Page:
Hardware Description and Verification

Tools

Availability

The software tools used in this course should be available on all Linux computers at Chalmers. This includes remoteX.student.chalmers.se (where X = 1-5), which you can access with SSH over the network.

You can also run some of the tools on your own computer.

VHDL circuit simulators

ModelSim (actually QuestaSim) is the VHDL simulator available on Chalmers computers. There is an introduction to modelsim available.

To use QuestaSim you have to use the bash shell, which you normally do. First setup the environment with

source /chalmers/sw/sup/jaspergold-6.1/setup
and then start QuestaSim using
vsim

If you have a PC with Windows, you can use the free version of ModelSim available from Xilinx.

There are also various other free simulators that can be downloaded for Linux...

Jasper Gold

Jasper Gold is a commercial formal verification tool from Jasper Design Automation. There is a short introduction to the tool.

To use Jasper Gold you have to use the bash shell, which you normally do. First setup the environment with

source /chalmers/sw/sup/jaspergold-6.1/setup
and then start Jasper Gold using
jg
The Help tab in the tools bar isn't working, but you can use acroread to read the manuals installed in
/chalmers/sw/sup/jaspergold-6.1/jaspergold_6.1p001.1/doc

Chalmers has 20 licenses that are available until 30 May 2011 to students who are registered to this cource (technically, to members of the unix group jasper_sw, you can check with the command id which groups you belong to).

Lava

Lava is the circuit description language we use in the second half of the course. Since Lava essentially is a library for writing circuit descriptions in Haskell, it can be used on any computer where the Haskell Platform is installed.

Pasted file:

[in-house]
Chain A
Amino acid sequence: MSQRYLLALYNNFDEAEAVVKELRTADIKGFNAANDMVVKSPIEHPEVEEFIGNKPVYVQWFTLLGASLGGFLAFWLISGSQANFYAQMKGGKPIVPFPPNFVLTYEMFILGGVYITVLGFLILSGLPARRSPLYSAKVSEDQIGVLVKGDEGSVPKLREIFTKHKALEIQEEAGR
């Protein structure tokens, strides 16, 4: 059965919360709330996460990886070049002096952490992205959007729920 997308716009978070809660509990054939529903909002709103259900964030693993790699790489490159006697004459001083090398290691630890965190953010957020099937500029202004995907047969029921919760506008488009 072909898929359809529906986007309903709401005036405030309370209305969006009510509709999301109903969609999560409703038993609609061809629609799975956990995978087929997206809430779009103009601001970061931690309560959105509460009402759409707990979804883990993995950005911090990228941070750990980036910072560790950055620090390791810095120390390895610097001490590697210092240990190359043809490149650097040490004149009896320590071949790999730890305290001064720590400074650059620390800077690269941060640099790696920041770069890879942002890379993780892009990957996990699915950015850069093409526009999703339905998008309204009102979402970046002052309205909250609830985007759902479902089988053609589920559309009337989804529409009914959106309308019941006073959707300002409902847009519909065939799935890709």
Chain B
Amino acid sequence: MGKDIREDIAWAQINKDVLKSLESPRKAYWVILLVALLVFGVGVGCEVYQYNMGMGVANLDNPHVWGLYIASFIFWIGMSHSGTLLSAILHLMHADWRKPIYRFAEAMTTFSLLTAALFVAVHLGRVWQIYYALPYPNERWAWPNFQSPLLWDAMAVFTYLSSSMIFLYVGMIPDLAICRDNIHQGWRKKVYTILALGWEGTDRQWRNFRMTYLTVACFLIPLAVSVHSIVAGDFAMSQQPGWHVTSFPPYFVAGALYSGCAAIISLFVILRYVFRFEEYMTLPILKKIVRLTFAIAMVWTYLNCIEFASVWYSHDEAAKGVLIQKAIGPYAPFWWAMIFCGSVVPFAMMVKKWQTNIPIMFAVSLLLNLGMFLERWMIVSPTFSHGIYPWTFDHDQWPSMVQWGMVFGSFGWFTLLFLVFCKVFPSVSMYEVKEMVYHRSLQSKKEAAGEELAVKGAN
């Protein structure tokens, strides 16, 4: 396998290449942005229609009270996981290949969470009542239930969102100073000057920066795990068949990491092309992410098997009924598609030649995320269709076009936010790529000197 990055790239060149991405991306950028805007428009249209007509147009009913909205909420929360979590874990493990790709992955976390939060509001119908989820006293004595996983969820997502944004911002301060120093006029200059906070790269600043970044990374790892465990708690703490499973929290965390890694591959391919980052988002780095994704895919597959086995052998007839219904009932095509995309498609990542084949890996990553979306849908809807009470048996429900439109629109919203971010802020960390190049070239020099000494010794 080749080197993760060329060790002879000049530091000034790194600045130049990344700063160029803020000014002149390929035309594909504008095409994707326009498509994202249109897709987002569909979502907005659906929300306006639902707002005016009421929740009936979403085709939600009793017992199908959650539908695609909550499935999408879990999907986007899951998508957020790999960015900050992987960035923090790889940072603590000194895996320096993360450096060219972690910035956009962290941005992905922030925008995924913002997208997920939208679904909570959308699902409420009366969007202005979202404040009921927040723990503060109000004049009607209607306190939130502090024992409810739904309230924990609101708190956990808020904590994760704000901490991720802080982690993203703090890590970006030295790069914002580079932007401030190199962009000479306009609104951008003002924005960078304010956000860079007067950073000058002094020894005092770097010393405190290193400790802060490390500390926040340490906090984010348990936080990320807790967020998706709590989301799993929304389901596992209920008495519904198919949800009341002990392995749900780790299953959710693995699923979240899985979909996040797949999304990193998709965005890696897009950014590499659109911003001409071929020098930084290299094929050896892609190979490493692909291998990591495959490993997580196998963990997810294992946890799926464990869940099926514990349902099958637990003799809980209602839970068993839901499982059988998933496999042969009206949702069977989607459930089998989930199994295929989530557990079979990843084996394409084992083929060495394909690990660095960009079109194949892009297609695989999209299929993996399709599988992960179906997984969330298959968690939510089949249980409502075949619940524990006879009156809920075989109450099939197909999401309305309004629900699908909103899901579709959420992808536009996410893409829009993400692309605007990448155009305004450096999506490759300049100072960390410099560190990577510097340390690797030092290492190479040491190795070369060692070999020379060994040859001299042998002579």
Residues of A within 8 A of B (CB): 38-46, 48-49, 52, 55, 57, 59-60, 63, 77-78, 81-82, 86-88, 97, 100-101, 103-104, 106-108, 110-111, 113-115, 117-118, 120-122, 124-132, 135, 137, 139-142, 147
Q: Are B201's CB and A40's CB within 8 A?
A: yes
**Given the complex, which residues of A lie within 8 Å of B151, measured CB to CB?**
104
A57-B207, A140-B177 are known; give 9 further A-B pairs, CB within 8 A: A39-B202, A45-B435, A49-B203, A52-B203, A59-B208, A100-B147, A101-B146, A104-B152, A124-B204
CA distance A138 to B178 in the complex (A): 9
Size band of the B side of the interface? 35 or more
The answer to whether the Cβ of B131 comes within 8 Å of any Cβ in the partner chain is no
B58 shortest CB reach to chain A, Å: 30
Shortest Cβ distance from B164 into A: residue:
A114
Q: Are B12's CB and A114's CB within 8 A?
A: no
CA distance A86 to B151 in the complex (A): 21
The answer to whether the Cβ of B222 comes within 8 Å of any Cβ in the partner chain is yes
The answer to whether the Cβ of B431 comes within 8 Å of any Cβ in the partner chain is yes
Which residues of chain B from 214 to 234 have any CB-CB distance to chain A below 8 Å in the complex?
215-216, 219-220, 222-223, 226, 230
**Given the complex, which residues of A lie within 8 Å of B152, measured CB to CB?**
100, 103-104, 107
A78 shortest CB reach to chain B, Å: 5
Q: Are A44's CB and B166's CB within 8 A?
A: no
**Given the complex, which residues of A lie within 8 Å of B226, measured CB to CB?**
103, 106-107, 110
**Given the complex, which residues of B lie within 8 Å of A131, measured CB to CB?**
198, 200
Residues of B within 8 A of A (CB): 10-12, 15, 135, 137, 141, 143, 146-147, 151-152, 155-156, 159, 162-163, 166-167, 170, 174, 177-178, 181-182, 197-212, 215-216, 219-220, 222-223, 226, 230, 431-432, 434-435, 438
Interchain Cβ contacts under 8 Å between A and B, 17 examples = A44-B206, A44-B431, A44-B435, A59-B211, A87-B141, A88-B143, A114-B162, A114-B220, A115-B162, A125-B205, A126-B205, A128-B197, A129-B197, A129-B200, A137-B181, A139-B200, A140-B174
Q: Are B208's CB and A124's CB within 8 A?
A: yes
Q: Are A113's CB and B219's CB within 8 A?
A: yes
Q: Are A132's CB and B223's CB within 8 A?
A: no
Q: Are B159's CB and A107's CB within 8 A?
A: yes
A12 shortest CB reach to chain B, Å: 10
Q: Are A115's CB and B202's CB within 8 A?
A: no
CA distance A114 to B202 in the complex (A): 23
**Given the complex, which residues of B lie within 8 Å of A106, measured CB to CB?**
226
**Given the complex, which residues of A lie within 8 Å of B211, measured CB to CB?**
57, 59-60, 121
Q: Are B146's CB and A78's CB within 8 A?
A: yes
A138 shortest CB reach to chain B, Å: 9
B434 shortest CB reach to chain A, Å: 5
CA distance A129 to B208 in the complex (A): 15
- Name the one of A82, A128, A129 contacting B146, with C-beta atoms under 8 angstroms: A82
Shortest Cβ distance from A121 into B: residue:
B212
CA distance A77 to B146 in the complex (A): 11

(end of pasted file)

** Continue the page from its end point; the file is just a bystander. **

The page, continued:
The Haskell Platform is installed on the Linux computers at Chalmers, but the Lava libraries are not. You can download and install them in your own account by doing

cabal update
cabal install chalmers-lava2000
You can do that on your on computer too, if you install the Haskell Platform first. It should work on Mac, Windows & Linux.

Once you have Lava installed, have a look at Introduction to the Lava system to get started.

The Lava system can also call external tools to formally verify properties of Lava circuits. We will use SMV for this.

SMV

SMV is a CTL model checker (originally from CMU), that can be used to verify properties of Lava circuits.
Using SMV on your own computer (works on Mac and Linux, maybe Windows too?):

You can get Cadence SMV from this download page at Cadence. You need to register to get download and installation instructions. You also need to tell Lava where to find SMV, but something like export Lava2000_SMV=smv (for bash) or setenv Lava2000_SMV smv (for tsch) should be enough.

Using SMV on the Linux computers at Chalmers:

Emil Axelsson has installed a copy of SMV. To use his copy, download this setup_smv.sh (for bash) and do

source setup_smv.sh
to setup the environment so that Lava can find smv. (Note: the last line in setup_smv.sh is there to work around a permission bug in the chalmers-lava2000 package, and assumes that it has been installed in your account as shown in the Lava section above.)
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